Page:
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Don't be a hermit

Timmmmmmmmmm.. T

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Ramblings:

Recently, I found out that my school is getting a minor in "Digital Humanities"
Digital Humanities - (n) a buzzword that shows you have a solid background in both liberal arts and technical literacy.
Normally, I don't care much about buzzwords, but for one, I've already taken a diverse array of classes, so it's a cinch for me to pick up that minor and show my potential employers that "I'm not a code monkee!"

More importantly, the person in charge of the program is doing a lot to both ensure that the minor is beneficial to students, and to arrange other opportunities for students to experience the intersection of art and technology.
Normally, the intersection of art and technology refers to video games, but if you look more broadly you'll see it in all kinds of places.
For instance, an English professor who uses code to express a deeper meaning (Gaffe/Stutter), or a programmer who makes something truly beautiful (Macintosh).  A good GUI is just as much a work of art as a game.

Oh, and our club got into the school newspaper:
https://marshallparthenon.com/16407/news/game-design-guild-aims-to-further-students-tech-abilities/

 

As a game developer, you have more work to do than you have time in a day.  But even so, don't isolate yourself to get it done.  Trying to make a game alone is like making a movie alone-- you can do some impressive things, but you'll never be able to compete with a functional team.

So stay social (or become social), talk to people, and keep growing.  If you're not growing, you're probably stagnating.  Either way, it will reflect in your games.

If nothing else, talking to other people will help prevent burnout by taking your mind off your game.  Even though I'm an introvert, I absolutely cannot function without occasional conversation.  (Okay, I might survive, but my motivation will tank.)

 

I noticed that after programming for many hours a day over a period of time, my programming skills got stronger.  Even if I take a long break, I'll jump back in easily.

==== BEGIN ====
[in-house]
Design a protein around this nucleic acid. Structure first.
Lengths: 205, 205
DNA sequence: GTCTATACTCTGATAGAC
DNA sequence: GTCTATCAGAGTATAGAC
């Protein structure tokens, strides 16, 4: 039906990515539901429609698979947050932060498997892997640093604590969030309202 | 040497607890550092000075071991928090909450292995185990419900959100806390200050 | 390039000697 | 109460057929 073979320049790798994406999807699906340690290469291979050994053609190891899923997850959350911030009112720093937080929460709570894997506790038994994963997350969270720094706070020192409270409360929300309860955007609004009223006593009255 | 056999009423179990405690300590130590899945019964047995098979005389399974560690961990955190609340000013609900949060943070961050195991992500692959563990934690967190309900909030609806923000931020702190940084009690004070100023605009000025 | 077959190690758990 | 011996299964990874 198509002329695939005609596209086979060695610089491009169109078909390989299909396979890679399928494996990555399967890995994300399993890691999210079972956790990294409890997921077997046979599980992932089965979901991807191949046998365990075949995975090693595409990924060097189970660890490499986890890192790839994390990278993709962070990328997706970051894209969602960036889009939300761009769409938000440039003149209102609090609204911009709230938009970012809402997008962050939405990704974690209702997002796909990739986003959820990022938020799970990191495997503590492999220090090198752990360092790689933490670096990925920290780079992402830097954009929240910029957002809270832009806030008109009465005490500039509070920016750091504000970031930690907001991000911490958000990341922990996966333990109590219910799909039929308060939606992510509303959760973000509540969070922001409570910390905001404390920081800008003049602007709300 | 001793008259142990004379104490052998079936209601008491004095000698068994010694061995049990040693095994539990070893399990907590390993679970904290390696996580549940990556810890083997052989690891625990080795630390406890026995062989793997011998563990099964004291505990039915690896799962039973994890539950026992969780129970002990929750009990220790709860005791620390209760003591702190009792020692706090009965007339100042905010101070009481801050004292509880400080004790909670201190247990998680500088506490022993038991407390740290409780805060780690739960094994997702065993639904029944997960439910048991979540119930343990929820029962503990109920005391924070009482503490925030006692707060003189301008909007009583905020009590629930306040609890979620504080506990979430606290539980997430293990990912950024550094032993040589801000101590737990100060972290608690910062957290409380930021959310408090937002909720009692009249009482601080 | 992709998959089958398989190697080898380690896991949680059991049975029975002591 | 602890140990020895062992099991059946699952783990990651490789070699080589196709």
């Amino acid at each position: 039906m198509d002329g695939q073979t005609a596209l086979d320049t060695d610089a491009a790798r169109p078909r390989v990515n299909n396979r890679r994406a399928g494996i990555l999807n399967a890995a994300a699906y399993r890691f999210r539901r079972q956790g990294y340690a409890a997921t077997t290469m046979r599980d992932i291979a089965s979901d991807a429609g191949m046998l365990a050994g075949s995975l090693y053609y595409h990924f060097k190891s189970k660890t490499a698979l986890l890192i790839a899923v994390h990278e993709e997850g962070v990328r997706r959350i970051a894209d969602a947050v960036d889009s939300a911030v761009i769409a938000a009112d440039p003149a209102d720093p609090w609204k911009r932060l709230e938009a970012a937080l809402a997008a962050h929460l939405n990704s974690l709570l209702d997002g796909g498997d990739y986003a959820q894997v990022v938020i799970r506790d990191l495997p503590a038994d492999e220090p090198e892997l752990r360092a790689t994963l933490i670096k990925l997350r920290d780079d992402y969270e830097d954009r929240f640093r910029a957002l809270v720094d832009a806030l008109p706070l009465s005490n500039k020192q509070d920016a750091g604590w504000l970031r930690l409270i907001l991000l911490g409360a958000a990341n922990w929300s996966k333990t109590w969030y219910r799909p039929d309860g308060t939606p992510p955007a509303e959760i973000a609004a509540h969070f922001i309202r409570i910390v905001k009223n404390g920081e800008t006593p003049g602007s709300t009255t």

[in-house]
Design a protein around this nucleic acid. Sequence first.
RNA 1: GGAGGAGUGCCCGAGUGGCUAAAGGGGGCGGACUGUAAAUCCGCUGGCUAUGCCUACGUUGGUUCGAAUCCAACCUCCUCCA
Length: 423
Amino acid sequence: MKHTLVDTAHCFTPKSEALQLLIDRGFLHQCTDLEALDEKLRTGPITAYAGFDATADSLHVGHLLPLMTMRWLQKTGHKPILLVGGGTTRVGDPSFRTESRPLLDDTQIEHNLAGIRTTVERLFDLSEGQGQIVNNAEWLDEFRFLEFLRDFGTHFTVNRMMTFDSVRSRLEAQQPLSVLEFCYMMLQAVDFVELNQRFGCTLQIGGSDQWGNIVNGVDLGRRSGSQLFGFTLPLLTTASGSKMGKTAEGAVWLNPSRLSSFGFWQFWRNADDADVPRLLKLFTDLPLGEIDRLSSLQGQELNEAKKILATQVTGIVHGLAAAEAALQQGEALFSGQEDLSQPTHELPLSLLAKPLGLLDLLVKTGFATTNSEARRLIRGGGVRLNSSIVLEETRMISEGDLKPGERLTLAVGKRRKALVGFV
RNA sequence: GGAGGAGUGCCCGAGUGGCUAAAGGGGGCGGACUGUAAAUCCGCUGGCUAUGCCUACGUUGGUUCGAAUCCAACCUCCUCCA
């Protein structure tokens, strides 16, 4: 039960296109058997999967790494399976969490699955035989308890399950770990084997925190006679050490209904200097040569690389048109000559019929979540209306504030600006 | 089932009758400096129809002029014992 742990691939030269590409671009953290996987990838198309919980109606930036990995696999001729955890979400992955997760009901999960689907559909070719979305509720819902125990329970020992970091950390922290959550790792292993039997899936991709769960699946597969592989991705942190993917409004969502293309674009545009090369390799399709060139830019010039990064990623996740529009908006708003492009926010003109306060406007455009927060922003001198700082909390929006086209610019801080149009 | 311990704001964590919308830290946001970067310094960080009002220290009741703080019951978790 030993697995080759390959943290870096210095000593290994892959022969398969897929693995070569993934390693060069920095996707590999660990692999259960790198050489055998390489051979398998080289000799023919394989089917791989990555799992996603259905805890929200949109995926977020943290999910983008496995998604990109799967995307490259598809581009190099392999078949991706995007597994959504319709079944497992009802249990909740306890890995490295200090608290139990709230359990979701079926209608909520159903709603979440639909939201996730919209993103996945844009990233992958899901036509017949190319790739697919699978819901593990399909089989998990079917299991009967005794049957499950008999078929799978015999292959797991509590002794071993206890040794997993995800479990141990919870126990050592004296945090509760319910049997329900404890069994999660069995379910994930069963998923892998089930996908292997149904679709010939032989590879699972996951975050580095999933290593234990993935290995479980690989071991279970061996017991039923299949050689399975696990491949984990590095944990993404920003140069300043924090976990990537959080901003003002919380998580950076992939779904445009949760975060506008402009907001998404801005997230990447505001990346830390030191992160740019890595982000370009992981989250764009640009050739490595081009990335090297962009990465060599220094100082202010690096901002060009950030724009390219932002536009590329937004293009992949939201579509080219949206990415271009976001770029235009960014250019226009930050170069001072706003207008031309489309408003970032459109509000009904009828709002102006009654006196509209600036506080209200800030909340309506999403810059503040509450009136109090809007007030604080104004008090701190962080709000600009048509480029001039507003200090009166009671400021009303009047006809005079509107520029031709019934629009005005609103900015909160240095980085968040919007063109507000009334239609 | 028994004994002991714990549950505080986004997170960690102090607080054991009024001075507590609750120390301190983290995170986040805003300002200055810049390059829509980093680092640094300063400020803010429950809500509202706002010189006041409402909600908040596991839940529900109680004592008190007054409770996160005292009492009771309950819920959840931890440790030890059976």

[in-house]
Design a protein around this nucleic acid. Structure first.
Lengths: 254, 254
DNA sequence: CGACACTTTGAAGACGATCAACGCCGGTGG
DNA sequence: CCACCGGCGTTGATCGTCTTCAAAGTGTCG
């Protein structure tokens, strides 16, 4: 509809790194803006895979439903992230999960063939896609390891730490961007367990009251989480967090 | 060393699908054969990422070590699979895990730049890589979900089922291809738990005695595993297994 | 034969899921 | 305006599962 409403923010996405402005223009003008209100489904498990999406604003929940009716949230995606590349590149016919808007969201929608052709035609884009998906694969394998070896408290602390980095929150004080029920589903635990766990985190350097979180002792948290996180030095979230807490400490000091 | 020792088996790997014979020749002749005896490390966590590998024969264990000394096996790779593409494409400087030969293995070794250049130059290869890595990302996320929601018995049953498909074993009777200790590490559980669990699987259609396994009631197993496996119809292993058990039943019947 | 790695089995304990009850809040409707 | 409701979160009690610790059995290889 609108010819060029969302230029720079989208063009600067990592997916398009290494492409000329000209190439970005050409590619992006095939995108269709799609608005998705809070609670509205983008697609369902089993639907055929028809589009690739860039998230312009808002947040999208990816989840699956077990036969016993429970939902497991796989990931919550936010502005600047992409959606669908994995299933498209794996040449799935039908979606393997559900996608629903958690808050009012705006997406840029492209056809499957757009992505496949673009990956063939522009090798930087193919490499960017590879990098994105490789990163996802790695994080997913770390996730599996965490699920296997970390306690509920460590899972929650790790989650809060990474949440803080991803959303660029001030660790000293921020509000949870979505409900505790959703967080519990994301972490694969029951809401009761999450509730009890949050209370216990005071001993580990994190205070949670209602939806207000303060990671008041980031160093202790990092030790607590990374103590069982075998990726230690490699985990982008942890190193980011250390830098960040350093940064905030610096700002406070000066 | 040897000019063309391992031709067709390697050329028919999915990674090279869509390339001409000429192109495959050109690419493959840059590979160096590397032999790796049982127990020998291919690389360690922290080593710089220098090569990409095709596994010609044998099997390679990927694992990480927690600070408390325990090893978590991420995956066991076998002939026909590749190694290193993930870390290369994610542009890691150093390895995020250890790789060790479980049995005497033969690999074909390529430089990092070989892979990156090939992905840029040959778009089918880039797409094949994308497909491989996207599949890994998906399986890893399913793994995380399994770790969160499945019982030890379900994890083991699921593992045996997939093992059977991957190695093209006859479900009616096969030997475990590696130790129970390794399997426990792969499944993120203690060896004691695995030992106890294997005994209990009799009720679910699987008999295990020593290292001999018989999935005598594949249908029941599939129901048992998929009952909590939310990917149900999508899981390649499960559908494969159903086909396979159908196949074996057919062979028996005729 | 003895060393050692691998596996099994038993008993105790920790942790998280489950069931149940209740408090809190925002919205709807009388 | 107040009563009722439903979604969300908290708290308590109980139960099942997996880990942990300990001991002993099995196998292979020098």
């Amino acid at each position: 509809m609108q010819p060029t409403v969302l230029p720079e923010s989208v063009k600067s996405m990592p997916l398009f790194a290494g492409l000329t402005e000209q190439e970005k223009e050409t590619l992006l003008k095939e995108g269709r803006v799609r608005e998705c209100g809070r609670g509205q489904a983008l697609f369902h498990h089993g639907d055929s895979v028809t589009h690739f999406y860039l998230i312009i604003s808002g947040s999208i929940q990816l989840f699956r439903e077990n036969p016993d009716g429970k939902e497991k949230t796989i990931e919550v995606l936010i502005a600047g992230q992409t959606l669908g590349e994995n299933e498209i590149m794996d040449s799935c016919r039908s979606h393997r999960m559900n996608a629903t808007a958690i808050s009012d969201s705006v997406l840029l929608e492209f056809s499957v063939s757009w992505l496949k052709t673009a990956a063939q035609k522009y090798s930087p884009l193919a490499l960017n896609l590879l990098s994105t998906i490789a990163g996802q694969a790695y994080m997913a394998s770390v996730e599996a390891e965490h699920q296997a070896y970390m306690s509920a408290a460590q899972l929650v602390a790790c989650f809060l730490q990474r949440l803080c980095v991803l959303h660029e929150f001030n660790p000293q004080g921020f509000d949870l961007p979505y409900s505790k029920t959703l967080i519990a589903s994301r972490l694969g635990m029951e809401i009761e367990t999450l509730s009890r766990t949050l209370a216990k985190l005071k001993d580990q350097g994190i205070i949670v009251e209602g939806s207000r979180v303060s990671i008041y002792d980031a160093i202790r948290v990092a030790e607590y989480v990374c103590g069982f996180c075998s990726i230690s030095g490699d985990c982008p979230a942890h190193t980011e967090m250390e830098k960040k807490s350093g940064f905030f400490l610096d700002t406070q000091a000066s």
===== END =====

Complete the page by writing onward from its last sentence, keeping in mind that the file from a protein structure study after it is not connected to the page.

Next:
The same thing happens with other skills, i.e. sports, playing an instrument, public speaking...
So why wouldn't it apply to social skills?

My new years resolution is to be more social.  Yes, it's a time sponge, but it's also allowing me to work with people I would have never otherwise met.  I'm making friends who I'll remember forever, which is impossible to put a price on.  

Perhaps most importantly, if this works, I will practice my social skills enough that even after spending 6 hours alone in a room, I'll still be socially fluent.  I'll be able to jump back into it as quickly as I can jump back into an old video game, or a practiced sport.

So far, I have noticeably improved from last year.  Here's hoping I'll be able to keep it up while simultaneously moonlighting on game dev.

 

Experience Points:

  • Network!
  • Don't be naive enough to follow every trend, but
  • Be open-minded enough to accept new trends.
  • Talk to a wide variety of people, it's amazing what stones you'll turn over along the way.  Some of my best days have been spent doing more talking than developing.
  • Don't be antisocial, it will reflect in your games. 
  • Practice your social skills at least half as much as you practice your trade.  Nobody wants to hire someone who can't communicate.
  • Great artists don't just steal from artists, they also steal from life.
  • Never stop growing and learning.  Whether you talk to Miyamoto or Meiers, you'll hear that they want people with experience and interests outside of gaming.
  • If you're not growing, you're stagnating.
  • Keep networking.  If your network isn't growing, it's stagnating.


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